Presentations can be of various types, depending on whether the presentation is intended to:

  • Sell
  • Inform
  • Motivate
  • Persuade
  • Advocate
  • Persuade
  • Entertain
  • Educate

Facilitator 

Facilitators might not be subject area experts. They do have special training in group dynamics, using processes such as conflict resolution, strategic planning and team building. In any group setting, a facilitator can quickly determine what the group knows so the group can proceed to build on that knowledge. By asking questions and keeping the group focused, a facilitator helps the group establish a set of ground rules, as well as its own learning objectives. The facilitator also helps the group evaluate what group members learned from their activities.

Trainer  

Students/learners come to the occasion prepared or expecting to learn. In addition, a trainer has more knowledge than the audience on the given topic. For example, someone who teaches an advanced Excel class should have more skill than those who come to class to learn.

PETA SA Our Strategic objectives

The PETA-SAs sole objective is to improve teaching, training and learning, through supporting individual practitioners in memberships through a professional body to the best of their ability across the full diversity of the sector. We do this by delivering our three strategic priorities:

  • by giving benefits and especially professional development to practitioners;
  • by according status in recognition of expertise;
  • and by giving a voice so that learning and teaching professional can inform policy.

Despite recent progress, teachers and trainers in further education and skills remain under recognised in the public domain and policy making circles, and in comparison with both other professional.

Membership of the PETA-SA is part of individuals investing time and commitment to their own professionalism. The association, as is typical of professional bodies, also seeks to draw in new resources and financial investment that otherwise would not be available to professionals or the sector. In this way, we support the drive for excellence in teaching and training beyond what the state and employers can support.

Leaders and managers across the further education and skills sector benefit from encouraging and supporting teaching and training practitioners on their professional journey through membership. Utilising professional body membership and the services for individuals also benefits colleges and providers, as we have described in this document, dual professionals are able to provide a holistic and powerful learning experience through course content that is contextualised for up-to-date industry practices, developments and leading edge teaching, learning and assessment methods. PETA-SA seeks to ensure that quality of teaching and learning is at its highest possible and promotes a constructive dialogue between industry and providers and teaching and learning professionals.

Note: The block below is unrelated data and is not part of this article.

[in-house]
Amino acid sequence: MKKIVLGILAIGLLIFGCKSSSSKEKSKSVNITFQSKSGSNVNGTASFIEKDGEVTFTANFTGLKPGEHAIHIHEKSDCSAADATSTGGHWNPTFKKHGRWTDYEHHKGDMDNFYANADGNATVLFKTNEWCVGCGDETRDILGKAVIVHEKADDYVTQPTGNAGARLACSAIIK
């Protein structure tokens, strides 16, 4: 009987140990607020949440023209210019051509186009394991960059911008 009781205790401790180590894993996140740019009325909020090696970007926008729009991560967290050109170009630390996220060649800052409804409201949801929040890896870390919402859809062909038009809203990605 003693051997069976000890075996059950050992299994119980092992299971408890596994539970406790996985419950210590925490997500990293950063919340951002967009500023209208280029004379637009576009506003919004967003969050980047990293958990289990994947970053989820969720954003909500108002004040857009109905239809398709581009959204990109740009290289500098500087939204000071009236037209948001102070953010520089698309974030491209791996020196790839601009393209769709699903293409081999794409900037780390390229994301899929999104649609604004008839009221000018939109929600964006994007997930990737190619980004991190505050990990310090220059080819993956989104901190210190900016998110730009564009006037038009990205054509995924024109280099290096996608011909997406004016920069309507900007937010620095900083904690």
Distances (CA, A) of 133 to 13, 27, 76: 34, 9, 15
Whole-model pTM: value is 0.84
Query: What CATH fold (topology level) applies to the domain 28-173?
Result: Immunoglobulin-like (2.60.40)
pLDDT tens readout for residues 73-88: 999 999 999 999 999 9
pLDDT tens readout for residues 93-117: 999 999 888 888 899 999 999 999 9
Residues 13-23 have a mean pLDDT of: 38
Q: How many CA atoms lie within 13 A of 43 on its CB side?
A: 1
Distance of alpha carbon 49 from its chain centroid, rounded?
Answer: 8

Differentiate between Educators and Trainers

Lecturer   

A lecture (from the French ‘lecture’, meaning ‘reading’ [process]) is an oral presentation intended to present information or teach people about a particular subject, for example by a university or college teacher. Lectures are used to convey critical information, history, background, theories, and equations. Usually the lecturer will stand at the front of the room and recite information relevant to the lecture’s content.

Teacher   

Teacher takes charge of the learning environment. The teacher is responsible for creating lesson plans that direct the course of study students follow. Clear and concise objectives delineate what the student learns on any given day. The teacher is responsible for measuring how much information the student learns. Evaluation is often in the form of tests, but the teacher may use other measurement tools to determine if the student met the teacher’s learning objectives.

Presenter    

Presentations can be of various types, depending on whether the presentation is intended to:

  • Sell
  • Inform
  • Motivate
  • Persuade
  • Advocate
  • Persuade
  • Entertain
  • Educate

Facilitator 

Facilitators might not be subject area experts. They do have special training in group dynamics, using processes such as conflict resolution, strategic planning and team building. In any group setting, a facilitator can quickly determine what the group knows so the group can proceed to build on that knowledge. By asking questions and keeping the group focused, a facilitator helps the group establish a set of ground rules, as well as its own learning objectives. The facilitator also helps the group evaluate what group members learned from their activities.

Trainer  

Students/learners come to the occasion prepared or expecting to learn. In addition, a trainer has more knowledge than the audience on the given topic. For example, someone who teaches an advanced Excel class should have more skill than those who come to class to learn.